• ARK Autonomous Technology & Robotics ETF (ARKQ): With $905.54 million in AUM, ARKQ is an actively managed ETF with a broad mandate to invest in companies that its managers identify as benefiting from automation and other technological advancements. 
  • iShares Robotics and Artificial Intelligence Multisector ETF (IRBO): With over $293.71 million in AUM, IRBO tracks the NYSE FactSet Global Robotics and Artificial Intelligence Index, which includes companies that are involved in the design, production or use of robotics and AI technologies. 
  • First Trust Nasdaq Artificial Intelligence and Robotics ETF (ROBT): With over $228.49 million in AUM, ROBT tracks the Nasdaq CTA Artificial Intelligence and Robotics Index, which includes companies that are involved in the development and application of AI and robotics technologies. 
  • AI Powered Equity ETF (AIEQ): With over $108.97 million in AUM, AIEQ is an actively managed AI ETF that uses artificial intelligence to select and weight its holdings. It seeks to invest in companies that are likely to outperform based on various data inputs and machine learning algorithms. 

Benefits and Risks of Investing in AI ETFs 

Investing in AI ETFs offers multiple benefits, including exposure to a high-growth sector. However, there are associated risks that investors should consider before investing in an AI fund.

Here are some of the key benefits and risks to consider: 

Benefits of Investing in AI ETFs 

  • Exposure to a high-growth sector: AI is a rapidly growing industry, with the potential to transform many aspects of society. Investing in AI ETFs allows investors to gain exposure to this sector and potentially benefit from its growth. 
  • Diversification: ETFs hold a basket of AI-related stocks, providing investors with diversification across a range of companies and potentially reducing the risk of investing in a single stock. 
  • Lower costs: ETFs generally have lower expenses than actively managed funds, making them a cost-effective way to gain exposure to AI. 
  • Liquidity: ETFs are traded on stock exchanges, making them easy to buy and sell. 

Risks of Investing in AI ETFs 

  • Volatility: The AI sector can be volatile, and investing in AI ETFs can be risky, especially if there are sudden changes in the market or regulatory environment. 
  • Concentration risk: Some AI ETFs may be heavily concentrated in a few companies, which increases the risk of losses if those companies underperform.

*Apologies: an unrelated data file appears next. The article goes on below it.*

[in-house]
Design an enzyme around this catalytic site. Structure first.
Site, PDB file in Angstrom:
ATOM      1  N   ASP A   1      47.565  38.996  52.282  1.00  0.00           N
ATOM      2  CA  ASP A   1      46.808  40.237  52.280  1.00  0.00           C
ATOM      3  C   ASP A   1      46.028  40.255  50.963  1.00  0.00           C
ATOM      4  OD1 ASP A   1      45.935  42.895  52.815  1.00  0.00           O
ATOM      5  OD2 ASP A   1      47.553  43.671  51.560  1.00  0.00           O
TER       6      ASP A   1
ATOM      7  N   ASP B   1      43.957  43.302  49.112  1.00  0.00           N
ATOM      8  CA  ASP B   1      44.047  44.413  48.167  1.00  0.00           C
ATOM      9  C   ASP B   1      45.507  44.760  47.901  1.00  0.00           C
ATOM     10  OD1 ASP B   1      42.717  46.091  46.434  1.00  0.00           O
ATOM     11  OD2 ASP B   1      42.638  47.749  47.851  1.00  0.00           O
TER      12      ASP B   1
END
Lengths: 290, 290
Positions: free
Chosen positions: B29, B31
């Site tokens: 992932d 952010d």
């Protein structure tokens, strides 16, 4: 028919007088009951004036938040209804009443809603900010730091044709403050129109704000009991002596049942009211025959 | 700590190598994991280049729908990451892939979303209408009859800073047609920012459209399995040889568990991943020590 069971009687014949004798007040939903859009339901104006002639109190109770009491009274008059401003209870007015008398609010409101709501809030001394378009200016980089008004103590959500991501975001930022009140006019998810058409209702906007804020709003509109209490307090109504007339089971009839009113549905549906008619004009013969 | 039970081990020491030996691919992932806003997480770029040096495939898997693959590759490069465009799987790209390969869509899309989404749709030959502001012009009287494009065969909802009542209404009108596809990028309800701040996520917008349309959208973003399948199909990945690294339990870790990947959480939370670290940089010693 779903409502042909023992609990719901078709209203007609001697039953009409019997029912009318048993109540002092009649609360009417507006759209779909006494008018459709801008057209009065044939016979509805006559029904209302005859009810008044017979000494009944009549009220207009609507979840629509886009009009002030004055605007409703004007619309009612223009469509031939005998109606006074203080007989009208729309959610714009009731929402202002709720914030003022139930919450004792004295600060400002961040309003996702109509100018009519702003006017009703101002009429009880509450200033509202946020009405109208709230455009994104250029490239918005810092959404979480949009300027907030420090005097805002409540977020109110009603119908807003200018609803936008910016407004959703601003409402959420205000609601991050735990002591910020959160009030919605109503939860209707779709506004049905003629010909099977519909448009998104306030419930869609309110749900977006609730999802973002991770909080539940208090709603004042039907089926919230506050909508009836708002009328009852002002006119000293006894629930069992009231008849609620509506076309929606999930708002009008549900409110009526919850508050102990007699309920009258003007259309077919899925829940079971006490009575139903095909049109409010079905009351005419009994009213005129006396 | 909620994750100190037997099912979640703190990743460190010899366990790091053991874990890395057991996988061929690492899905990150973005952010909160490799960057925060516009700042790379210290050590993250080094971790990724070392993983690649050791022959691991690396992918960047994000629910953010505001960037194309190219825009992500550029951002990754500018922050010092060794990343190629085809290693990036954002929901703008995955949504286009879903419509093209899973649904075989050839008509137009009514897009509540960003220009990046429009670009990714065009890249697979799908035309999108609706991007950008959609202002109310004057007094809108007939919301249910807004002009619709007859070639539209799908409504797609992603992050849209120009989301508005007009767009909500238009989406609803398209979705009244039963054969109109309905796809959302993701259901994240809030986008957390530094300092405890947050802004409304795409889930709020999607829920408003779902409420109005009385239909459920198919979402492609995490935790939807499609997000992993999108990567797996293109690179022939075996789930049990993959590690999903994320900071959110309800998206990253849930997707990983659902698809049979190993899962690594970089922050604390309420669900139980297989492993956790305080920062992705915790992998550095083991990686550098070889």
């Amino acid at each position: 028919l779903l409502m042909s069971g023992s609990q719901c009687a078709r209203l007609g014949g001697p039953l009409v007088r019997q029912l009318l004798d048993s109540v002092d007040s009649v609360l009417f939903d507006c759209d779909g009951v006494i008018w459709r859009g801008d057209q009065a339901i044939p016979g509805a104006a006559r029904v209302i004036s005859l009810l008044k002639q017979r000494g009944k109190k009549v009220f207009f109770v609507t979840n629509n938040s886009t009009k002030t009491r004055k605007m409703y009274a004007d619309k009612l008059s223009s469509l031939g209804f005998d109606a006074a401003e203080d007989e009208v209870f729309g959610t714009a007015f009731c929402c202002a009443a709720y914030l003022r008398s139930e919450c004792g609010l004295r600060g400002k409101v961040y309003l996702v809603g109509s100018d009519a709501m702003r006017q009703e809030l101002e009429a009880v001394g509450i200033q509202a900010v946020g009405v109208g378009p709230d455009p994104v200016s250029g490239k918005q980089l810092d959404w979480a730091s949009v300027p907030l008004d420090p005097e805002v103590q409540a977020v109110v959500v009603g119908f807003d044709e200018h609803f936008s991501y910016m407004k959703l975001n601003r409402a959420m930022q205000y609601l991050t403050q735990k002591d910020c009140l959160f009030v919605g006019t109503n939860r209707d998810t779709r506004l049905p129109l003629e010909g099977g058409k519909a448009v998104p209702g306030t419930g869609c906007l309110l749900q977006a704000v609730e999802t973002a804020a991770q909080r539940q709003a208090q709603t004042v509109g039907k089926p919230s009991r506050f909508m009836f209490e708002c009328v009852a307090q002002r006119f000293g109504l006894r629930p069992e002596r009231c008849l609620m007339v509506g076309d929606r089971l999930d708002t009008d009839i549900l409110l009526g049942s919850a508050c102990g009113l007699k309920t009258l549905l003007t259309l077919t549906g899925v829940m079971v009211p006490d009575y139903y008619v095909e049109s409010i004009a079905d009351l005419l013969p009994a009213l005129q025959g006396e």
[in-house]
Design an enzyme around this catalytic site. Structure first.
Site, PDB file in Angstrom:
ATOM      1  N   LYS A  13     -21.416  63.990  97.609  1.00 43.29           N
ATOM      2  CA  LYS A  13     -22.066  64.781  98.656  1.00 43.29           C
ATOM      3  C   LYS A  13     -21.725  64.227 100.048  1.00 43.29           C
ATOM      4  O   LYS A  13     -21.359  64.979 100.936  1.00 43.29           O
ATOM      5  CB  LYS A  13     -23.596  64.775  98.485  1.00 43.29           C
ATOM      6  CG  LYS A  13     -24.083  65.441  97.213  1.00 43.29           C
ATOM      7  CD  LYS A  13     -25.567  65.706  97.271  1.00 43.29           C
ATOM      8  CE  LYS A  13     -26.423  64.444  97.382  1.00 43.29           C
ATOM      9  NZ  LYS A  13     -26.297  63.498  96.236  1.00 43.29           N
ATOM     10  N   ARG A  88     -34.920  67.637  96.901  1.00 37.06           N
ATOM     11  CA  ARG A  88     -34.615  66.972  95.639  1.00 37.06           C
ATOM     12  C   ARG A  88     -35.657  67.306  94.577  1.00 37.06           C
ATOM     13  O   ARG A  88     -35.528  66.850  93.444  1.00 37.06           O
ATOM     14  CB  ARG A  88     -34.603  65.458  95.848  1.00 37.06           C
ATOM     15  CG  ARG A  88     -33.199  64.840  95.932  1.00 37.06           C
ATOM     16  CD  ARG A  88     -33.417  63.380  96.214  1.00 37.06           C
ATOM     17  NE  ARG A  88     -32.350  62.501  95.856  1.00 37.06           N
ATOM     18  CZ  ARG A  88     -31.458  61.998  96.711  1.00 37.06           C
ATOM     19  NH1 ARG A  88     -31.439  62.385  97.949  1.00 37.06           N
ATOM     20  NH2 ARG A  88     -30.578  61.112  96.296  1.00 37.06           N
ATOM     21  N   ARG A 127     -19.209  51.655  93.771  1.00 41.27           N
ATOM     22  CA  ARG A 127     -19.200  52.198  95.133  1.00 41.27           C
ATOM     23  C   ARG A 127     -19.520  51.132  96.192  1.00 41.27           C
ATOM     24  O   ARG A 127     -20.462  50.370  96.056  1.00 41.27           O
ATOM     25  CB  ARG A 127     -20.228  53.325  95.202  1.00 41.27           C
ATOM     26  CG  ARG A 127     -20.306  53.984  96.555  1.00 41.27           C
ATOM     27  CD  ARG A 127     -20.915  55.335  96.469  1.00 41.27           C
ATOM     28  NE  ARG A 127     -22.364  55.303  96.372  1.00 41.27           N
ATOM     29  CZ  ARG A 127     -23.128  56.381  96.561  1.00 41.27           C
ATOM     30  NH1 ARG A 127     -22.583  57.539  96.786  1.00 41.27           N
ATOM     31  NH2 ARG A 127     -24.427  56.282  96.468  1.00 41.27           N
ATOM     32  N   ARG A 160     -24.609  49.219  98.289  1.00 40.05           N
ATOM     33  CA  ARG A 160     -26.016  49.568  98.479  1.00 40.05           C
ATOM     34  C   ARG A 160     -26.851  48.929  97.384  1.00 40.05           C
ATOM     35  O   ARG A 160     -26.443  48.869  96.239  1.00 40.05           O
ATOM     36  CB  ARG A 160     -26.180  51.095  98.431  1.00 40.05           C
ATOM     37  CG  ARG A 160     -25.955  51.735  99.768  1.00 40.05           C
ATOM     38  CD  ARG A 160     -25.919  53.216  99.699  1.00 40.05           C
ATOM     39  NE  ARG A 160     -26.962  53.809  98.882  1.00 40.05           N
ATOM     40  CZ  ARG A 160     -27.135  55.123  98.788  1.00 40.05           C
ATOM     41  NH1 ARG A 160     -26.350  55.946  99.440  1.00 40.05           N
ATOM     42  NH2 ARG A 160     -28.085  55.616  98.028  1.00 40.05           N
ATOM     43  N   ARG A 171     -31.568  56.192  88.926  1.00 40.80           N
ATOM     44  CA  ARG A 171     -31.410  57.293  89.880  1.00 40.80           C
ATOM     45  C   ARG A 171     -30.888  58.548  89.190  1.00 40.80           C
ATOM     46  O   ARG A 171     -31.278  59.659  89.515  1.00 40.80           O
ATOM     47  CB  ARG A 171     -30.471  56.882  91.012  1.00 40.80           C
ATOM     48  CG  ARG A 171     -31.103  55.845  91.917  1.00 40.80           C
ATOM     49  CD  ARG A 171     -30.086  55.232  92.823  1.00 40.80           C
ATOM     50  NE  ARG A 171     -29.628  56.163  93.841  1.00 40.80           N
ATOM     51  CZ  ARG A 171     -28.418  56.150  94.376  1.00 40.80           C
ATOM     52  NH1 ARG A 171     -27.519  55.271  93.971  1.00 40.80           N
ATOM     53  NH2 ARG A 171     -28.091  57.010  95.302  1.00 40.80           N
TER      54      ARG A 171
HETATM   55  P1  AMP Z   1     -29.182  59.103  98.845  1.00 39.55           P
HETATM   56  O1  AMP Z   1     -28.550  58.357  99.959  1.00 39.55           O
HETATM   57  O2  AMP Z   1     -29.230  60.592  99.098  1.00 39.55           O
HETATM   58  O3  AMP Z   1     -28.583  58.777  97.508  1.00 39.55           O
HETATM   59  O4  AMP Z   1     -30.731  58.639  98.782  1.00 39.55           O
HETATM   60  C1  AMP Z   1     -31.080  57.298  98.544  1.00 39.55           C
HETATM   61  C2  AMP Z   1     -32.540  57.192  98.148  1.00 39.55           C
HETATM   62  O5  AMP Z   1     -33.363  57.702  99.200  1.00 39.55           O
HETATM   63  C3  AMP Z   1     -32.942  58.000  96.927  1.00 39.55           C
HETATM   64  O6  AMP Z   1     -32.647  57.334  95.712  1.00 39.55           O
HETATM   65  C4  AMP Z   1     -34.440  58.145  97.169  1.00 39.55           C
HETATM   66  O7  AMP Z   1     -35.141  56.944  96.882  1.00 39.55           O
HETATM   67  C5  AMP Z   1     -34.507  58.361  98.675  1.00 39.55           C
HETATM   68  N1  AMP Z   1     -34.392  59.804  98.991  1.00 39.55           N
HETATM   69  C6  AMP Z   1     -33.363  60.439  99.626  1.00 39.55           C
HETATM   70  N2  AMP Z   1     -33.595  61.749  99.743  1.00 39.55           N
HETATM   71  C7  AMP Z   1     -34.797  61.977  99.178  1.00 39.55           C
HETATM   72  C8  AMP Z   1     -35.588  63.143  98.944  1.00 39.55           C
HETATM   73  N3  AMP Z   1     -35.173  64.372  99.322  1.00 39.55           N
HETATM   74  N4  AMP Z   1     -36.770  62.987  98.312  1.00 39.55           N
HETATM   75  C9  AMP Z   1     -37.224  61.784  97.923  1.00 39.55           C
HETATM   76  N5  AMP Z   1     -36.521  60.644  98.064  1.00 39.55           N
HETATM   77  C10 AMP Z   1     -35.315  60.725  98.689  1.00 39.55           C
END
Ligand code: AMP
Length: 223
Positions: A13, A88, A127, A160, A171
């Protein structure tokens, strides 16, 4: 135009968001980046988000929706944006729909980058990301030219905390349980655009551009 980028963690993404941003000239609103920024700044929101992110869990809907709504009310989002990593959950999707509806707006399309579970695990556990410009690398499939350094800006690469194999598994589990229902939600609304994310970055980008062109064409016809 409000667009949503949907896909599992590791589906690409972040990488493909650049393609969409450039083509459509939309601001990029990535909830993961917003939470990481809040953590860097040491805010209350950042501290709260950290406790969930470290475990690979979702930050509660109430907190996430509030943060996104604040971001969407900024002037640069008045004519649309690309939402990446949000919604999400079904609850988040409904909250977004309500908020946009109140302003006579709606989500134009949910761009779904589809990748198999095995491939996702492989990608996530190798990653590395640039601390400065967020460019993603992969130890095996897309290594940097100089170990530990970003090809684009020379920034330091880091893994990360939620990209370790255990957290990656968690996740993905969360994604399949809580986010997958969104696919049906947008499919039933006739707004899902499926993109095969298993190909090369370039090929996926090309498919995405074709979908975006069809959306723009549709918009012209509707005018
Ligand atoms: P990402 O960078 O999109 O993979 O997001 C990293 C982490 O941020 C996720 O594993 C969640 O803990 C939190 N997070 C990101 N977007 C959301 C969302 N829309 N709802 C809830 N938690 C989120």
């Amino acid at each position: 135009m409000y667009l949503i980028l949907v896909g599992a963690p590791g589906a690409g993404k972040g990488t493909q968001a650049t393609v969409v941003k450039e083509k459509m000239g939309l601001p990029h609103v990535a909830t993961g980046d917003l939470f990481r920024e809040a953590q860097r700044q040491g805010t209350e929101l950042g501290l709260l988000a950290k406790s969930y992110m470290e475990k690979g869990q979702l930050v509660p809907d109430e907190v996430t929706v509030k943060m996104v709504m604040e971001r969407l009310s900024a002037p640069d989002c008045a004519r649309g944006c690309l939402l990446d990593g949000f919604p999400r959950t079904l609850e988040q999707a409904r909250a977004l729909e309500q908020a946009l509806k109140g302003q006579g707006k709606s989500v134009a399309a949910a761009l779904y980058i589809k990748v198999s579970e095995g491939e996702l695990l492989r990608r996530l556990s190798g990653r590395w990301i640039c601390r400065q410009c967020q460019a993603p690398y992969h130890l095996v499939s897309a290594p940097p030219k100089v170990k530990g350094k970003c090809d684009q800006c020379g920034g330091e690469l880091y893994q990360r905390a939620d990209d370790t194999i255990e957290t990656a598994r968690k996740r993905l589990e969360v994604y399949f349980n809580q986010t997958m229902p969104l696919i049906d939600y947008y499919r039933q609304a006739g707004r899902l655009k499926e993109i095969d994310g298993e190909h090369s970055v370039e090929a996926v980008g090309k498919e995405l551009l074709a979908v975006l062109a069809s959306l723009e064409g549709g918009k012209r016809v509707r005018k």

• Technology risk: AI is a relatively new and rapidly evolving technology, and there is a risk that new developments could make current technologies obsolete. 
  • Market risk: ETFs, like all investments, are subject to market risk, and there is no guarantee that they will perform well. 

Bottom Line 

AI ETFs can be a smart way to capture the fast-growing disruptive technology of artificial intelligence. However, it's important to note these funds carry risks, including the potential for loss of principal, and that past performance does not guarantee future results. As always, it's important for investors to carefully consider their investment goals and to do research before investing in any ETF or other investment product. 

Kent Thune is Research Lead for etf.com, focusing on educational content, thought leadership, content management and search engine optimization. Before joining etf.com, he wrote for numerous investment websites, including Seeking Alpha and Kiplinger. 

 

Kent holds a Master of Business Administration (MBA) degree and is a practicing Certified Financial Planner (CFP®) with 25 years of experience managing investments, guiding clients through some of the worst economic and market environments in U.S. history. He has also served as an adjunct professor, teaching classes for The College of Charleston and Trident Technical College on the topics of retirement planning, business finance, and entrepreneurship. 

 

Kent founded a registered investment advisory firm in 2006 and is based in Hilton Head Island, SC, where he lives with his wife and two sons. Outside of work, Kent enjoys spending time with his family, playing guitar, and working on his philosophy book, which he plans to publish in the coming year.